(Reuters/Nir Elias)

"It's going to get worse": Democratic backlash against Netanyahu speech continues

With members threatening to boycott the Israeli PM's upcoming congressional address, a revolt is mounting


Luke Brinker
February 6, 2015 12:38AM (UTC)

Congressional Democrats continue to express indignation at Israeli Prime Minister Benjamin Netanyahu's forthcoming address to Congress, with many saying that they may well boycott the speech, despite entreaties from top Israeli officials.

Without the Obama administration's knowledge, House Speaker John Boehner last month invited Netanyahu to address a joint session of Congress on Iran's nuclear ambitions. Netanyahu is scheduled to speak on March 3, two weeks before national elections in Israel and amid continuing international negotiations on the Iranian nuclear program. The White House argues that diplomacy must work its course, while the hawkish Netanyahu argues that even if diplomats reach a deal ahead of a June 30 deadline, Iran can't be trusted to adhere to any agreement.

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Even some of the most staunchly pro-Israel Democrats are undecided on whether they will attend the speech. Sen. Dianne Feinstein (D-CA) said Wednesday that the speech “violates all the protocol that has always existed." White House Press Secretary Josh Earnest isn't saying if Vice President Joe Biden will attend the address; during speeches before joint sessions, the vice president typically sits behind the lectern, along with the speaker of the House. A spokesman for House Minority Leader Nancy Pelosi said yesterday that Pelosi fears "casting a political apple of discord into the relationship is not the best way forward given the formidable challenges our two countries are facing together." Still, the spokesman said, Pelosi will attend if the speech occurs.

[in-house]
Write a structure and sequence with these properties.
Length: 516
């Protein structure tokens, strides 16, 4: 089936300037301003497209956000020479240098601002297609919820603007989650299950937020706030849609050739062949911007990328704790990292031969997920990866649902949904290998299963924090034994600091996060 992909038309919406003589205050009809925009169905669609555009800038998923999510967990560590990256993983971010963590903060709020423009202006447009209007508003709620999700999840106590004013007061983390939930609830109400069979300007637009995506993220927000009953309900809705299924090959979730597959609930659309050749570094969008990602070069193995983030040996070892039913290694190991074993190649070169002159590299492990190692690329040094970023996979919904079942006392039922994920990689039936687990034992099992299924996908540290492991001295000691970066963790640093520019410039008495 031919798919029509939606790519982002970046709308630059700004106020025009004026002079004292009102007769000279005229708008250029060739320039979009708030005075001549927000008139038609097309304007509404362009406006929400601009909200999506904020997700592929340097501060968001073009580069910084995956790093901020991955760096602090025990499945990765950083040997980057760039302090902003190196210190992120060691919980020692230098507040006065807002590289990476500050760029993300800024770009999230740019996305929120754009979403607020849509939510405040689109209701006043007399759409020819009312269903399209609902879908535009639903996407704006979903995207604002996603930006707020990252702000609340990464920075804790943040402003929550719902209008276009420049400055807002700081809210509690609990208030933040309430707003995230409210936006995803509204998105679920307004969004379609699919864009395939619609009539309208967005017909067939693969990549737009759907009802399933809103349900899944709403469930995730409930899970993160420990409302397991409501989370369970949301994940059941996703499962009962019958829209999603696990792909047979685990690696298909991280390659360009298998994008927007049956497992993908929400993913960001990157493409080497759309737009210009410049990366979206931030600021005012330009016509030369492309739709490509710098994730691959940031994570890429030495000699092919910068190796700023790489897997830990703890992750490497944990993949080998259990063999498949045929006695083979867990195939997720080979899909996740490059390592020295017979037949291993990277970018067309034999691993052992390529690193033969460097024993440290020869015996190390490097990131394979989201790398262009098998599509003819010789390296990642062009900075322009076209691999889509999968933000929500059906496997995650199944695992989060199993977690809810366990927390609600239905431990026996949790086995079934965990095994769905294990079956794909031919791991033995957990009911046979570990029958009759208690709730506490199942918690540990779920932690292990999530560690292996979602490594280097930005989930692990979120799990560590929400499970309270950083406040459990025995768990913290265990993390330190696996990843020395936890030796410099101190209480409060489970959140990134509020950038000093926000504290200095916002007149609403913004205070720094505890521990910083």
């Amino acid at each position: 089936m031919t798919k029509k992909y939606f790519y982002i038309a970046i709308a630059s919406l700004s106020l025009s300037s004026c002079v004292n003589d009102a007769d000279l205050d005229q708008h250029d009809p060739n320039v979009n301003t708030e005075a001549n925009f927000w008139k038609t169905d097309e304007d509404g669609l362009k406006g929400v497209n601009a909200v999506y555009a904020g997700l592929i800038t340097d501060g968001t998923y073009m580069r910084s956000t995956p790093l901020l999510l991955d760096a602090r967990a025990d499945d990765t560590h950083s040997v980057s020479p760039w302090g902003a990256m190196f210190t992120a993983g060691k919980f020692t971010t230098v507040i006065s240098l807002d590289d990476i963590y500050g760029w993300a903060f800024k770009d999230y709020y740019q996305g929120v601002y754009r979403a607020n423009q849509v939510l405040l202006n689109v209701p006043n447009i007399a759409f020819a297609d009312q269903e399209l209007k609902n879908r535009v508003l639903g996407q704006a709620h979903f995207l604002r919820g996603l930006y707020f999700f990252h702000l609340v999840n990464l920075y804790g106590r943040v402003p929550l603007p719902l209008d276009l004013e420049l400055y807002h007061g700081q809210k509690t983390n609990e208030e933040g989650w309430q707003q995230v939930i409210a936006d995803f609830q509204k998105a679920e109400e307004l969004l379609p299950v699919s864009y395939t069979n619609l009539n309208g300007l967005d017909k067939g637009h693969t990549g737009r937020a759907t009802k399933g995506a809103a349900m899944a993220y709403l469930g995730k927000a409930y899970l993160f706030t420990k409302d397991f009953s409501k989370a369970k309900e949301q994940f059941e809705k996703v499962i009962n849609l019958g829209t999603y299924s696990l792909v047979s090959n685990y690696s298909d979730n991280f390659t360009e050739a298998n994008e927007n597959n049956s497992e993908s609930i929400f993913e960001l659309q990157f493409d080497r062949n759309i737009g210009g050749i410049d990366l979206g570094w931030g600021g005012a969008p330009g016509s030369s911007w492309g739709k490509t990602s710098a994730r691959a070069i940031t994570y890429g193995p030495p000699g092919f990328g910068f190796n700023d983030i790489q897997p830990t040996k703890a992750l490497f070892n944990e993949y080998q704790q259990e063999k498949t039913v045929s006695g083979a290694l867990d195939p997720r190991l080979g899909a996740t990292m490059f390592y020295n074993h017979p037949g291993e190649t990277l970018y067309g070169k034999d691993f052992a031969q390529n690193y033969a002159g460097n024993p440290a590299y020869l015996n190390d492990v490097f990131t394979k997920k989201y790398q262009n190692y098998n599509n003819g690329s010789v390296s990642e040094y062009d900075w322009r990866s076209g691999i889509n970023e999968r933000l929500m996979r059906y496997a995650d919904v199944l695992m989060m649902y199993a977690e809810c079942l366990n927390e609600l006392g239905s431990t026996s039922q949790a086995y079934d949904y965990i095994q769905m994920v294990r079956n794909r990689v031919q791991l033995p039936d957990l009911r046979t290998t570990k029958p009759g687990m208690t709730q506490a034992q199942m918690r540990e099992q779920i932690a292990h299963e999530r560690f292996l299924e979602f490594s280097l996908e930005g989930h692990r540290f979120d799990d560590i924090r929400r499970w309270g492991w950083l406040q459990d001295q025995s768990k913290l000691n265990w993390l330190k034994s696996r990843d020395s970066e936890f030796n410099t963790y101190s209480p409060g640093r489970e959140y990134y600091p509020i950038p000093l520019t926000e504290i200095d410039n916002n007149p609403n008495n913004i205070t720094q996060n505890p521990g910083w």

Seeking to stave off further rebellion, Israeli Ambassador to the U.S. Ron Dermer and Knesset Speaker Yuli Edelstein yesterday met with Democrats to address their concerns. But as Politico reports, a group of Jewish Democrats who met with Dermer yesterday voiced anger over the upcoming speech, and the meetings made little headway in squelching Democratic furor.

That Dermer and Edelstein failed in their mission is hardly surprising. Both are members of Netanyahu's right-wing Likud Party, and Dermer is an American-born former Republican operative; they hardly fit the profiles of Israeli officials who could credibly address the Democrats' grievances. Meanwhile, as Israelis prepare to head to the polls, Netanyahu's domestic foes have railed against the speech. The Labor Party's Isaac Herzog is running a campaign ad that features Fox News commentators castigating the speech as part of a "dangerous strategy," while former Ambassador to the U.S. Michael Oren, who is now running as a candidate for a center-right Israeli party, has called the speech "cynical." That gives pro-Israel Democrats plenty of political cover to criticize Netanyahu's scheduled appearance. Martin Indyk, a former U.S. ambassador to Israel and Mideast peace negotiator, told Politico that the Democratic revolt is likely to mount.

“It’s going to get worse, because Democrats, whether it’s Jewish Democratic congressmen, or Jewish voters for the Democratic Party — which is the majority of American Jewish voters … nobody wants to be put in the position of taking sides,” he said. “Democrats who are supporters of Israel don’t want to have to choose between supporting Israel and supporting their president.”


Luke Brinker

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